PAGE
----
China Eases Zero COVID...Sort Of
There has been a fair bit of hooplah surrounding China’s recent “easing” of its Zero COVID rules.
Which is something of a mystery because the core of Zero COVID has not changed, only travel-related restrictions.
China on Friday eased some of its draconian COVID rules, including shortening quarantines by two days for close contacts of infected people and for inbound travellers, and removing a penalty for airlines for bringing in too many cases.
The loosening of the rules, which came a day after China's new Politburo Standing Committee discussed COVID during a meeting chaired by President Xi Jinping, cheered markets, with Shanghai's benchmark CSI 300 (.CSI300) jumping 3% and the yuan currency extending gains to a one-month high.
Even Beijing has acknowledged that there is no easing of Zero COVID rules forthcoming.
China will not relax its COVID-19 measures but will keep improving them according to the changing epidemic situation and mutation of the virus and will be more scientifically accurate in their implementation, a disease expert said.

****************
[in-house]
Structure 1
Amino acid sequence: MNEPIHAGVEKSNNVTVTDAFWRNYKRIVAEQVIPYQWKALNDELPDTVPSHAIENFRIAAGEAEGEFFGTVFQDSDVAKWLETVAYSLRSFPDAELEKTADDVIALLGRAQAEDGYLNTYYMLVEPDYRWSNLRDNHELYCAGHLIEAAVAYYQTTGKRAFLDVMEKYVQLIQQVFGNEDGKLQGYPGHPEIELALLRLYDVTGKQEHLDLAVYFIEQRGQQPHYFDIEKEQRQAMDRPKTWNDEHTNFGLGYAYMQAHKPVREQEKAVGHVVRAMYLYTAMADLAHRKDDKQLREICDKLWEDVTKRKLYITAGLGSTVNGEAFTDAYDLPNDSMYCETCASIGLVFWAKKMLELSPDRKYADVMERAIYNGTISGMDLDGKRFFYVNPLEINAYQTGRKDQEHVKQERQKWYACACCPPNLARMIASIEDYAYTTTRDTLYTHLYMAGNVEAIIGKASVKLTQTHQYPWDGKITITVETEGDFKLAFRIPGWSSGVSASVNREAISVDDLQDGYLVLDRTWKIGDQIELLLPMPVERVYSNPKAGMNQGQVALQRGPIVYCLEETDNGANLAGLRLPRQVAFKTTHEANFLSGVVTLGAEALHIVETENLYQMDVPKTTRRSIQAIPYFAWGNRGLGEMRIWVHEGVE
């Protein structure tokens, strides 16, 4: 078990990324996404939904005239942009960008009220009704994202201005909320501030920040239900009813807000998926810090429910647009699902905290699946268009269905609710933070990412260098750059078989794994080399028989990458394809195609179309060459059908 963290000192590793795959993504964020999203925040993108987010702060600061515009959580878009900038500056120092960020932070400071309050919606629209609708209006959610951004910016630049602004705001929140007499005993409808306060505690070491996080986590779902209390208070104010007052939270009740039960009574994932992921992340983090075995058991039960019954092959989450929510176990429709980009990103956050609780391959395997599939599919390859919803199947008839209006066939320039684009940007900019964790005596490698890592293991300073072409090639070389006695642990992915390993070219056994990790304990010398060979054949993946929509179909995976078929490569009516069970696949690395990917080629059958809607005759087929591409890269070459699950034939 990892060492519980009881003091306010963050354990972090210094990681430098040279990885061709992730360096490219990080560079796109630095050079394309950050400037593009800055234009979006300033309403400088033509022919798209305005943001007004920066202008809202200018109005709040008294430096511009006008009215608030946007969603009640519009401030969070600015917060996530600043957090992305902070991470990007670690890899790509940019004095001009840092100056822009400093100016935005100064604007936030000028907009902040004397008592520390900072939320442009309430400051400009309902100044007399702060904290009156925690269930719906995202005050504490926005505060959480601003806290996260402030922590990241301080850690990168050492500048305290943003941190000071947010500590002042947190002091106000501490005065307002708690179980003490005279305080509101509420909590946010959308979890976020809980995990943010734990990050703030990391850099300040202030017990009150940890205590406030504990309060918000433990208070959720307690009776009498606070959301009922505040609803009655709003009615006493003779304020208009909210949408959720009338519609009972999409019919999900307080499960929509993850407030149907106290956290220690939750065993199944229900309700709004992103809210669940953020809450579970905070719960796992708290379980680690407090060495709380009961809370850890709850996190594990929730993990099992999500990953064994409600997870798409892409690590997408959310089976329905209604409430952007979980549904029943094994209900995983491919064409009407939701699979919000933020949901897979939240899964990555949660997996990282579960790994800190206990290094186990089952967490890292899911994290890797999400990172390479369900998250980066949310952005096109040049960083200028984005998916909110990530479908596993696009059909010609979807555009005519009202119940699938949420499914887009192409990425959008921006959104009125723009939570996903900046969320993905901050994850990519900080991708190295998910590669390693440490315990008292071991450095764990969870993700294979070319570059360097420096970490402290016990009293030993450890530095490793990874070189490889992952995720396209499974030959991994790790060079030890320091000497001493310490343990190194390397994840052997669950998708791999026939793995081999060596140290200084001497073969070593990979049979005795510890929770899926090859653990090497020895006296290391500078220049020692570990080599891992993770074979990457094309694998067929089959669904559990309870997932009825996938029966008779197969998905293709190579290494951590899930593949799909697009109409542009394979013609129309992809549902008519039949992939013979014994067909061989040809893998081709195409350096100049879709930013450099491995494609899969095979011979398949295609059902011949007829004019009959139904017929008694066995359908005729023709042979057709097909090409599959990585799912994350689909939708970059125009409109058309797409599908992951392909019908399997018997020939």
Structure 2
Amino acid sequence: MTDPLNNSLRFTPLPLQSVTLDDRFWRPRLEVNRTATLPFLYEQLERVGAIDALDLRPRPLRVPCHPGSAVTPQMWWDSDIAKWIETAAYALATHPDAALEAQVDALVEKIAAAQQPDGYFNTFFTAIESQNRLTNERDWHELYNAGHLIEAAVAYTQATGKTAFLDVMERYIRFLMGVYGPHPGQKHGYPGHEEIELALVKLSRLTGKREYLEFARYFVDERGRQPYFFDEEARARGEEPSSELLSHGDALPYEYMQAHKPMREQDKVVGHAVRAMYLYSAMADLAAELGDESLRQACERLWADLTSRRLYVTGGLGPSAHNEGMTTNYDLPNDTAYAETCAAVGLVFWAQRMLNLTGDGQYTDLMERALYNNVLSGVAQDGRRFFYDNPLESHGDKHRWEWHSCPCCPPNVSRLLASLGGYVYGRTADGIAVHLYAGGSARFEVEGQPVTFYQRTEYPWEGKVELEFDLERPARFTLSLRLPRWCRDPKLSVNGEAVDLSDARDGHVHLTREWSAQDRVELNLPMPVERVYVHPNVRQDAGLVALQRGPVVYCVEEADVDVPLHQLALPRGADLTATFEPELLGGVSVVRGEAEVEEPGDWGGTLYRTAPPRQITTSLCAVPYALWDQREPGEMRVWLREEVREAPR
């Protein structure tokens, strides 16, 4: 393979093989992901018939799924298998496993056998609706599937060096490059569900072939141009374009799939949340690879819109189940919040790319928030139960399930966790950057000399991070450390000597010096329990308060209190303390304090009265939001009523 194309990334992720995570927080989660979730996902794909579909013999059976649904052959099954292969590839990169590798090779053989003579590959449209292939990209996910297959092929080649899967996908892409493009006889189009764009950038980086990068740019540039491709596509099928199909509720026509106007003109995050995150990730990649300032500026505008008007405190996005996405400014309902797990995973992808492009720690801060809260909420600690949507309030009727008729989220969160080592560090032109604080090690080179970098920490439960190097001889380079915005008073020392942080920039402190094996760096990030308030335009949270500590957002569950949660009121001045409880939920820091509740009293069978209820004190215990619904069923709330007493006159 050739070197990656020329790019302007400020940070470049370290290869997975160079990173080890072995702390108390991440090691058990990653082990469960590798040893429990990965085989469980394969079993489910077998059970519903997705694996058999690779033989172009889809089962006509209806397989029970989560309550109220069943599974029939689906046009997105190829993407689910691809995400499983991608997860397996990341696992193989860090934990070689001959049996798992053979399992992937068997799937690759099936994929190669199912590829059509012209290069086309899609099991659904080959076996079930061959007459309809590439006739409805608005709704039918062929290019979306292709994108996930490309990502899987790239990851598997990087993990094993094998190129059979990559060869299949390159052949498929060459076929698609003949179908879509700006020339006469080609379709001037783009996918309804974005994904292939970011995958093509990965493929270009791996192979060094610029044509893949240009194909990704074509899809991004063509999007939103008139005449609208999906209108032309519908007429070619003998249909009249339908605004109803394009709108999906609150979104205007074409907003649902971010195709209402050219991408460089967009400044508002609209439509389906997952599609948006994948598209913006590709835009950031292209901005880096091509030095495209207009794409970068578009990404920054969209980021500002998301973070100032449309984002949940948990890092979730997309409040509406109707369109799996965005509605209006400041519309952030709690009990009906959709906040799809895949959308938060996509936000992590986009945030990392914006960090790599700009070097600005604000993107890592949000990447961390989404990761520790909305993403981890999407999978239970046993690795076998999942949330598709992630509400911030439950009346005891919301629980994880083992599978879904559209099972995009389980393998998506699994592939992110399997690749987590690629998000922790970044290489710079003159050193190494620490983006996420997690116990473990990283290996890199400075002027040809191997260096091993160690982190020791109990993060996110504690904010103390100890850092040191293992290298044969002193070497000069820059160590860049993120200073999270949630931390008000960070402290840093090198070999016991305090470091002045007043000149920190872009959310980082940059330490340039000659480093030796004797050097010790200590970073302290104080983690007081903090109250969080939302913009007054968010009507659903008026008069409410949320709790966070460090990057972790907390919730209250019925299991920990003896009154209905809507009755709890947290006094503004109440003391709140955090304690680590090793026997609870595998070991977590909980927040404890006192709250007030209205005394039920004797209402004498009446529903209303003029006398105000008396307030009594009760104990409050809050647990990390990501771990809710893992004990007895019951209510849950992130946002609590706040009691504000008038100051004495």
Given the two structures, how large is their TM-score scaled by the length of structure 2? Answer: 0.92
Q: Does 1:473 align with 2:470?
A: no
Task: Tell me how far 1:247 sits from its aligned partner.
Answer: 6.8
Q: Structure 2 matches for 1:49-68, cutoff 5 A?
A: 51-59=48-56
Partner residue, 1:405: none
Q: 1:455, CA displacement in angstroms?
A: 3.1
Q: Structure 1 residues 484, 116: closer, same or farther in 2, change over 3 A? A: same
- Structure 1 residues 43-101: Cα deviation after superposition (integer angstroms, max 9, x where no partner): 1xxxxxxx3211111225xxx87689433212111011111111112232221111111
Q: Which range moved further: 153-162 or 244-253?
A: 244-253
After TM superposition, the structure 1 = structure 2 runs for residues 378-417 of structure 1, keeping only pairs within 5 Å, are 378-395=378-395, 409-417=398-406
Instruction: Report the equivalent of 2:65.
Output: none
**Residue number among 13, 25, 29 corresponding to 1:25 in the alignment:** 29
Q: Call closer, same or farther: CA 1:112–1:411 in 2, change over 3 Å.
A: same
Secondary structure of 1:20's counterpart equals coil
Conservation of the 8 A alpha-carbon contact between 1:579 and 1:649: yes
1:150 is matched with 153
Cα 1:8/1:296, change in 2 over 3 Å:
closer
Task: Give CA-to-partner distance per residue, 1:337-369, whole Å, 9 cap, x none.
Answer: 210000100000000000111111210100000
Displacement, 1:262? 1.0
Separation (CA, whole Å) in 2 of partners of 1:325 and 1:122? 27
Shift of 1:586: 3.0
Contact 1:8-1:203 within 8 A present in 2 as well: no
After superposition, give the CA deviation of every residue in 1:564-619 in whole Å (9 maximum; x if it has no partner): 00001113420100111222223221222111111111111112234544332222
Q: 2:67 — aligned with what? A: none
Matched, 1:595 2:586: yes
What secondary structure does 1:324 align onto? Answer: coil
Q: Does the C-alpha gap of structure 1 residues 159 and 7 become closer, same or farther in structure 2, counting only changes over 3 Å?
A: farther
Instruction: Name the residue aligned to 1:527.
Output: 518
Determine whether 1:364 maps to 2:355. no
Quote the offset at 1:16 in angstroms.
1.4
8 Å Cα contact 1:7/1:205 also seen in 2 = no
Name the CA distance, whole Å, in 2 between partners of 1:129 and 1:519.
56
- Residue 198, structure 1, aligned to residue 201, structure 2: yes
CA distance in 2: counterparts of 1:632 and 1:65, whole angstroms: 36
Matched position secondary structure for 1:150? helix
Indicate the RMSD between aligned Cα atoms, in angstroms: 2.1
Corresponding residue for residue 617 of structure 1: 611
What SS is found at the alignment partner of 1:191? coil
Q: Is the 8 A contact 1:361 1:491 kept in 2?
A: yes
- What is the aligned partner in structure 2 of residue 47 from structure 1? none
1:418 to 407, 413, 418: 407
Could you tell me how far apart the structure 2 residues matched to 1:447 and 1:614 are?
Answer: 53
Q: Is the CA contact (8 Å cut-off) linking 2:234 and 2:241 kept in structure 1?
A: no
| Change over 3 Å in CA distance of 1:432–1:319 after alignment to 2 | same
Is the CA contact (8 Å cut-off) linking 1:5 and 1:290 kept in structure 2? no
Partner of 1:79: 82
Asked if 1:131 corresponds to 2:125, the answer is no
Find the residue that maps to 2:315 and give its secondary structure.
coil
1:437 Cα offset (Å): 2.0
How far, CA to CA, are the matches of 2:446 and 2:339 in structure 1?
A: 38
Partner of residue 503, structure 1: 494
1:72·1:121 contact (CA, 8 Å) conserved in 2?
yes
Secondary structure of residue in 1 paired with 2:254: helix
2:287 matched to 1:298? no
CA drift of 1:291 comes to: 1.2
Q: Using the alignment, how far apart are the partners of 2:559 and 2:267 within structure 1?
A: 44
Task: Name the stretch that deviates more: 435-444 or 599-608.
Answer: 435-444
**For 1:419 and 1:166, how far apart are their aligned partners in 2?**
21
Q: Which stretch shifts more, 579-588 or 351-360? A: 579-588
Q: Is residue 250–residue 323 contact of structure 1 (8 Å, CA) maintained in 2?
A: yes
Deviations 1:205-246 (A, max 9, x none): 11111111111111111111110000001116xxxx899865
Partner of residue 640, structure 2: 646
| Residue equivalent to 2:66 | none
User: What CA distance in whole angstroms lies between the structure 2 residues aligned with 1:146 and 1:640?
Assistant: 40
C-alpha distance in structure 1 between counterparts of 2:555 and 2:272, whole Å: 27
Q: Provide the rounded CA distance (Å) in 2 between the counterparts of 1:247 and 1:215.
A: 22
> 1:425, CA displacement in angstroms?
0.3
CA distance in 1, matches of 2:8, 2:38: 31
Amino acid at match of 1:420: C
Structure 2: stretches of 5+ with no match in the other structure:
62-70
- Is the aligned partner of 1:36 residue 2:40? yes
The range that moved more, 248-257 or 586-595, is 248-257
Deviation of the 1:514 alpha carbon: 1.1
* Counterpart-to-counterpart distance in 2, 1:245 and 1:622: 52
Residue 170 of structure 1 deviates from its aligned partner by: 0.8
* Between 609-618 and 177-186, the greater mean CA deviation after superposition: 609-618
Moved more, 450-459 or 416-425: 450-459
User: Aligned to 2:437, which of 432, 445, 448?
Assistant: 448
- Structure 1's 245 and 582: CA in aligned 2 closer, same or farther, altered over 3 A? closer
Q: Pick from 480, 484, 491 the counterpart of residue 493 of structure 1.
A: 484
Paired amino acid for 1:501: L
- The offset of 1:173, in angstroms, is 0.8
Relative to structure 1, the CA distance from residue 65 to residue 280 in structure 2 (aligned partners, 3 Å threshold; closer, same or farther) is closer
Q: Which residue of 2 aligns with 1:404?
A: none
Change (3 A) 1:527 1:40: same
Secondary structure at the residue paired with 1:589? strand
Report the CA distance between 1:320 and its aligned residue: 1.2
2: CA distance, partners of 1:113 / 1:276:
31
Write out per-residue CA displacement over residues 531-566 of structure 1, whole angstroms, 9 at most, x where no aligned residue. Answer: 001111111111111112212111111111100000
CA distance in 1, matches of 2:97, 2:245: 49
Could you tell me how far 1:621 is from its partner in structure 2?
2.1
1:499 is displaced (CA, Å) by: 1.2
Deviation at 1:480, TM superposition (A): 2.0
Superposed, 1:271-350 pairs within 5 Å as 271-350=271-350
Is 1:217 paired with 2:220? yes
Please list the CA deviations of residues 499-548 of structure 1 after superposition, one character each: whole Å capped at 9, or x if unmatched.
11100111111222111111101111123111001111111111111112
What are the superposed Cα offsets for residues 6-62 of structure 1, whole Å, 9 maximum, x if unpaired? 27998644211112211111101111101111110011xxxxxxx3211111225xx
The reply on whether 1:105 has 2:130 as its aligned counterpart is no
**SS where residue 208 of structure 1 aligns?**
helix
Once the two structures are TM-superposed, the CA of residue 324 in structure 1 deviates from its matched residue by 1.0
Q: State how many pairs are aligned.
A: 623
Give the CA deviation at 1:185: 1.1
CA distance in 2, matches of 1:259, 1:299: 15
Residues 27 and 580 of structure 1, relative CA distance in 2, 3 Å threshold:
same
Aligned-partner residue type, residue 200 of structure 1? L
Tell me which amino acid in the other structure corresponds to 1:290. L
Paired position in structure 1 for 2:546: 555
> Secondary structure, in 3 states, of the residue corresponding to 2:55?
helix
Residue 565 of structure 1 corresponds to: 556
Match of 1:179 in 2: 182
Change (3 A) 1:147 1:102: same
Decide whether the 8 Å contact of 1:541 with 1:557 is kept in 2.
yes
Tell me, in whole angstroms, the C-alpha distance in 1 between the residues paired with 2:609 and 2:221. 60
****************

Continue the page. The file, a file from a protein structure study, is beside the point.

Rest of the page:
China is very cautious in every adjustment it makes in its COVID policies, the National Health Commission said in a statement on Friday, citing Wang Liping, a researcher from the China Center for Disease Control and Prevention.
Certainly the residents of Guangzhou are not seeing any easing of Zero COVID restrictions.
People in the Guangzhou’s Haizhu district were told to visit the nearest testing station but otherwise stay home, the district government announced on its social media account. One member of each household was allowed out to buy food.
Beijing is making it somewhat easier for individuals to travel to China. For people already in China, Zero COVID remains very much as it has been: onerous and ineffective.
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